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Hispanic Construction Workers Are at The Highest Risk on The Job

The Law Office of Cezar J. Torrez May 2, 2023

Younger Hispanic men are often eager to find stable, decent-paying work so that they can support themselves and their families. They are willing to work hard and put in long hours when necessary to earn a fair wage.

The construction industry obviously feels like a perfect fit for many young professionals. The harder they work, the greater their personal opportunities for advancement and big projects in the future. Unfortunately, construction work is among the most dangerous possible professions.

Every worker in construction has an elevated risk of getting hurt or dying on the job when compared with the average professional in the United States. An analysis of worker injuries and deaths makes it clear that Hispanic construction workers have the most risk out of everyone in the industry.

What Do the Statistics Show?

When you look at the workplace safety statistics for Hispanic construction workers, they paint a very grim picture. Hispanic construction workers, especially those under the age of 30, are at significantly higher risk than others in the same profession.

According to data from the Center for Construction Research and Training, in 2020, Hispanic construction workers had a fatality rate 41.6% higher than non-Hispanic construction workers. The reported injury rate was also 14.5% higher.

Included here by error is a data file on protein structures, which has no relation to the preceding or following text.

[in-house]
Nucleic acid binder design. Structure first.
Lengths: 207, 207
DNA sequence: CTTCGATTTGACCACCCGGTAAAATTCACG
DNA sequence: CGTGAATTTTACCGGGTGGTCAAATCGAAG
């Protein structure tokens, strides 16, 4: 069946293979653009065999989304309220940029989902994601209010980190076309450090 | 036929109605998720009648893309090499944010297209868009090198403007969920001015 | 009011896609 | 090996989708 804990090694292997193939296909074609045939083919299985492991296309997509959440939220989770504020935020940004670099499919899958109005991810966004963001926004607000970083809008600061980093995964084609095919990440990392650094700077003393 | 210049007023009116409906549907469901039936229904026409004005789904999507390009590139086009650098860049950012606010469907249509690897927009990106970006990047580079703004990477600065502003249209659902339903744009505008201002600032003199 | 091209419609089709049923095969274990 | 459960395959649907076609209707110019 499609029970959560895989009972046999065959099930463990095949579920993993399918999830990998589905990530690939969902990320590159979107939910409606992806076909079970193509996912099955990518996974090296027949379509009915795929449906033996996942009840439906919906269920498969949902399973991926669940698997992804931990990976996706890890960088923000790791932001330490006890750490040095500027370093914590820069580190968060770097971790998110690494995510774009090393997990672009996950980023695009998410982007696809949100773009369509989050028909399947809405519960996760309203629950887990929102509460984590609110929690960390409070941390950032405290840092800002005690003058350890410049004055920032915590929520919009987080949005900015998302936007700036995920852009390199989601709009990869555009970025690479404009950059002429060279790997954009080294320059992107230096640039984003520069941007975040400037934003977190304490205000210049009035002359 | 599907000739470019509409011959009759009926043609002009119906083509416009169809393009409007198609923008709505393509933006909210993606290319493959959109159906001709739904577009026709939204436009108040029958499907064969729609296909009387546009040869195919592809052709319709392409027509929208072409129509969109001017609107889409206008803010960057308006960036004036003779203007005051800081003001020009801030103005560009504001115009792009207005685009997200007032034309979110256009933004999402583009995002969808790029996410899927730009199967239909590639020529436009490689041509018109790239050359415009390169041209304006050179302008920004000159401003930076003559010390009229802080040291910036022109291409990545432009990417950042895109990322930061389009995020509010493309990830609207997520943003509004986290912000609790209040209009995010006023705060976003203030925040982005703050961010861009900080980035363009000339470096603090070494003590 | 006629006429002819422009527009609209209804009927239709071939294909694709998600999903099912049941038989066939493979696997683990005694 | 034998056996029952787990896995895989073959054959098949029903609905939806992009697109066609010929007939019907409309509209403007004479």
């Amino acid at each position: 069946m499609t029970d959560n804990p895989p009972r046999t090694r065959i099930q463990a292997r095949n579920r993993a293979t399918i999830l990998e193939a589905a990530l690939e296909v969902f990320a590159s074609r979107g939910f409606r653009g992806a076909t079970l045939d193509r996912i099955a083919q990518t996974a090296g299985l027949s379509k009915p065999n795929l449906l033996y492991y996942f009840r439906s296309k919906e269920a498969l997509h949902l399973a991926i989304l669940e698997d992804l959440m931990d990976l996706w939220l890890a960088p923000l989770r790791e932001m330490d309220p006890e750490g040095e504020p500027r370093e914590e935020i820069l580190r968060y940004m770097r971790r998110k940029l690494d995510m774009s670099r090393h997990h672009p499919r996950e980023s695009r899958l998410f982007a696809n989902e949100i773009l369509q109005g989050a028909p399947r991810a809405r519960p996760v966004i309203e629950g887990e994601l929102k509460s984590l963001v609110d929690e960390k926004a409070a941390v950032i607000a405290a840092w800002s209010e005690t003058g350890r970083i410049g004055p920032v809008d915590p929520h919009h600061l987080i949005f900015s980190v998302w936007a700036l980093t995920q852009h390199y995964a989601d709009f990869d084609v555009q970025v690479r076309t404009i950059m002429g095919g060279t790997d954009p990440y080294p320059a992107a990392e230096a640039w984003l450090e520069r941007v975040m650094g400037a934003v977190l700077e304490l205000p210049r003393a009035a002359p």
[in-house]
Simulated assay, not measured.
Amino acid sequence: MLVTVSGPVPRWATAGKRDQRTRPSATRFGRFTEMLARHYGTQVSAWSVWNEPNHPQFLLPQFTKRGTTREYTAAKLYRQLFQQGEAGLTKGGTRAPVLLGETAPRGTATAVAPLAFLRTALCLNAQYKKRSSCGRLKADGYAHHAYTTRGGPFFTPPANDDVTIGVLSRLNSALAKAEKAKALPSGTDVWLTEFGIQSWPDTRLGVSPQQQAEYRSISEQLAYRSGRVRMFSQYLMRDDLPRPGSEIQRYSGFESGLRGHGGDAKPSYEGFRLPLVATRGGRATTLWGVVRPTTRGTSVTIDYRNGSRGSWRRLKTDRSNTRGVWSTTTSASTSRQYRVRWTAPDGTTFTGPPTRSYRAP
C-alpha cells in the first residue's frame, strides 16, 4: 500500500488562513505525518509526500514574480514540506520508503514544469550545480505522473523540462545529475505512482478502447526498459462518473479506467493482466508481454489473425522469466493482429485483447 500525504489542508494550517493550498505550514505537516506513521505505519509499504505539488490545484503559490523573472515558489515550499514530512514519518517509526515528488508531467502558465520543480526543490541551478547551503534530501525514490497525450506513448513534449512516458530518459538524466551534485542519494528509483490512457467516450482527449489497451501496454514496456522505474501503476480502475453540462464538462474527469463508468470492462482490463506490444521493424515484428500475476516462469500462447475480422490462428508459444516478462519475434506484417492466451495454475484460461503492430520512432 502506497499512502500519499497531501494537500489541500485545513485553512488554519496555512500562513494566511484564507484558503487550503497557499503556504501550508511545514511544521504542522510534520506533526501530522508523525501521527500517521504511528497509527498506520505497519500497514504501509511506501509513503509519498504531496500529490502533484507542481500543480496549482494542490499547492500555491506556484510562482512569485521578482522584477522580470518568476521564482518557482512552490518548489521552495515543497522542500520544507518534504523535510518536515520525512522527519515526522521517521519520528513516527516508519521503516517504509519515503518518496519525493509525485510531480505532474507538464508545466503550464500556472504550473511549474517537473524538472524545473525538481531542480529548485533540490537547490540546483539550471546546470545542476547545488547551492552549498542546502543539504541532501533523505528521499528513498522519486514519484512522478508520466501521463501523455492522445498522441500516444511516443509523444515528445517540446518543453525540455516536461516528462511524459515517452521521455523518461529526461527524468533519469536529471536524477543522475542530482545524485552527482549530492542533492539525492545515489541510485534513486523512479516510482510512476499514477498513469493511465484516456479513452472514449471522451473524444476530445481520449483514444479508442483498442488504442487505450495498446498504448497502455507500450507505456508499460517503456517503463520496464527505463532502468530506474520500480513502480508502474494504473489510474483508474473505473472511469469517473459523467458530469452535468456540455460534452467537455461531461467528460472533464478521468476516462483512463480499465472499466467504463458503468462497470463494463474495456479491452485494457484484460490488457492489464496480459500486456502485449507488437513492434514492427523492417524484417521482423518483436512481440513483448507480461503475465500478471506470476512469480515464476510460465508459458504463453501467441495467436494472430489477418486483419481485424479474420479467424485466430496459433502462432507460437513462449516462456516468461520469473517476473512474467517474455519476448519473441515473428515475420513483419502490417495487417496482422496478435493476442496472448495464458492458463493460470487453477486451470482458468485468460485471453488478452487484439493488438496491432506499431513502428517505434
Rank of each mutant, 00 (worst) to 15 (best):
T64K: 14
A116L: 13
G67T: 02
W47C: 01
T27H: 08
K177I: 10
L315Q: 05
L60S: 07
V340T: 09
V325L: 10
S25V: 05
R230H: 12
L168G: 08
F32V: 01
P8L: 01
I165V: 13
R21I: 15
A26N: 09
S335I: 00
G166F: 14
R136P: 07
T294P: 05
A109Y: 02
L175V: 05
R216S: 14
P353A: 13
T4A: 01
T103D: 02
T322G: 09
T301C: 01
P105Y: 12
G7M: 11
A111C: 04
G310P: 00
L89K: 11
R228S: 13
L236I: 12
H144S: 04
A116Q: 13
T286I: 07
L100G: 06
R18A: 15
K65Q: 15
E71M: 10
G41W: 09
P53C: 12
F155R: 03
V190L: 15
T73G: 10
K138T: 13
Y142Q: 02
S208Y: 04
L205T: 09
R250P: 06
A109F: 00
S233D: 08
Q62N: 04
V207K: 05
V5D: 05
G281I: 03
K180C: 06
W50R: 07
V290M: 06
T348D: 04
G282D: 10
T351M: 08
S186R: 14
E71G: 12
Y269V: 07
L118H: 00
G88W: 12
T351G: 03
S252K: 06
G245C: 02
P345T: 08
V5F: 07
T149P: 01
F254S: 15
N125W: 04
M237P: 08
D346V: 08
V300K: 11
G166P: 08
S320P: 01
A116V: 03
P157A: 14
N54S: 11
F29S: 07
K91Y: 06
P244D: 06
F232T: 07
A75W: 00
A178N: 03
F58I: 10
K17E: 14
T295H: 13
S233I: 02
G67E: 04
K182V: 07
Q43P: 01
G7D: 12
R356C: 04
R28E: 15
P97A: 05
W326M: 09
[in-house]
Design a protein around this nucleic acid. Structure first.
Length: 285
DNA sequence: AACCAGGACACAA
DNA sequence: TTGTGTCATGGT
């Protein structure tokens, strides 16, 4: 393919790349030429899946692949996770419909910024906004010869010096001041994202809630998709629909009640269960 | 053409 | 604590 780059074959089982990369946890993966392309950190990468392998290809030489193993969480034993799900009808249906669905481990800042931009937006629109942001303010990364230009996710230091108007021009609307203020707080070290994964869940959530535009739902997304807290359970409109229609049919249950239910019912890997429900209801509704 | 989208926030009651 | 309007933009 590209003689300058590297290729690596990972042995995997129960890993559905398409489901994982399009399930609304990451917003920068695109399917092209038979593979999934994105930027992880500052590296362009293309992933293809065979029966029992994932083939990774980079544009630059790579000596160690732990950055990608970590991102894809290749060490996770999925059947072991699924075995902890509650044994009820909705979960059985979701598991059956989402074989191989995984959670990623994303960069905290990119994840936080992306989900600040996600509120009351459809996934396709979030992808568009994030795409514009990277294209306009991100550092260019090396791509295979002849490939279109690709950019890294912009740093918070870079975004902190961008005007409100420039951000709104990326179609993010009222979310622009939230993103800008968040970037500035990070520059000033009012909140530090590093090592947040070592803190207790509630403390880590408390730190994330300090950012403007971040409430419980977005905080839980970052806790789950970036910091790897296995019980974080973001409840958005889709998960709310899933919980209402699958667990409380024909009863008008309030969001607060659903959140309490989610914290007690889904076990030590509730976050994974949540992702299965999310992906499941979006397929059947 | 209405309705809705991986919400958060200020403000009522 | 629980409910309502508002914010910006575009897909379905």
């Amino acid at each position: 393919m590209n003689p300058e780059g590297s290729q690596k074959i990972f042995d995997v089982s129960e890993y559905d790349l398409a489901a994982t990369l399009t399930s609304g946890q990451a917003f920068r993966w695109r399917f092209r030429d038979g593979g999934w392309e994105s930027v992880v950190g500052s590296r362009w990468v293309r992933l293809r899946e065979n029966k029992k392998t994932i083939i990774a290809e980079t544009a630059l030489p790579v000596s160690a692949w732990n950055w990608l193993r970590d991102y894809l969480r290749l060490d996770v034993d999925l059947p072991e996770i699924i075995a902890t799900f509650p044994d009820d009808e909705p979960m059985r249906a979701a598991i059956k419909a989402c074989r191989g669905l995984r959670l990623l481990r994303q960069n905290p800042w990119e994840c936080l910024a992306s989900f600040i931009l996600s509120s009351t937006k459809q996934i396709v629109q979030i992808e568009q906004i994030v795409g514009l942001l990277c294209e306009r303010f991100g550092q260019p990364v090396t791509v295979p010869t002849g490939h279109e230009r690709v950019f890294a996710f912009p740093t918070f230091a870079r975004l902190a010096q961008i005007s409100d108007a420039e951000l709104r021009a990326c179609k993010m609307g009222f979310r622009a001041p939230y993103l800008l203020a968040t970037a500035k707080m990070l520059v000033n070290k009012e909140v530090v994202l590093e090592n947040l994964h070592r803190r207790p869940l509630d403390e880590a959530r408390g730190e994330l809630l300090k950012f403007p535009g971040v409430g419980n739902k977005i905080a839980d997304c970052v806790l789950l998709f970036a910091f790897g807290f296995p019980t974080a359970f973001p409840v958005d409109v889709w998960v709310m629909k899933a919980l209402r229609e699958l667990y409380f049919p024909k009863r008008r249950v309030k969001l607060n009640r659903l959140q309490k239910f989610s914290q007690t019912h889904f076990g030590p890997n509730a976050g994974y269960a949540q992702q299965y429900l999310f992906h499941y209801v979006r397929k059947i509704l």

What Causes This Extra Risk?

There are numerous factors that contribute to the elevated job risk for Hispanic construction workers. Undocumented workers may unfortunately find that the companies that hire them despite their status are also willing to violate safety rules.

Workers with a language barrier may not understand their rights and may not ask for safety equipment or training that could prevent construction injuries. Highly-motivated young men trying to support their families might also accept more dangerous job tasks than their coworkers in the hopes of establishing a positive impression with their employer or client.

Regardless of how long someone has been on the job or their documentation status, they can potentially qualify for workers’ compensation benefits if they are an employee. If they are not an employee, they may have the right to file a personal injury lawsuit. Learning about trends related to construction injuries can help those in this dangerous profession.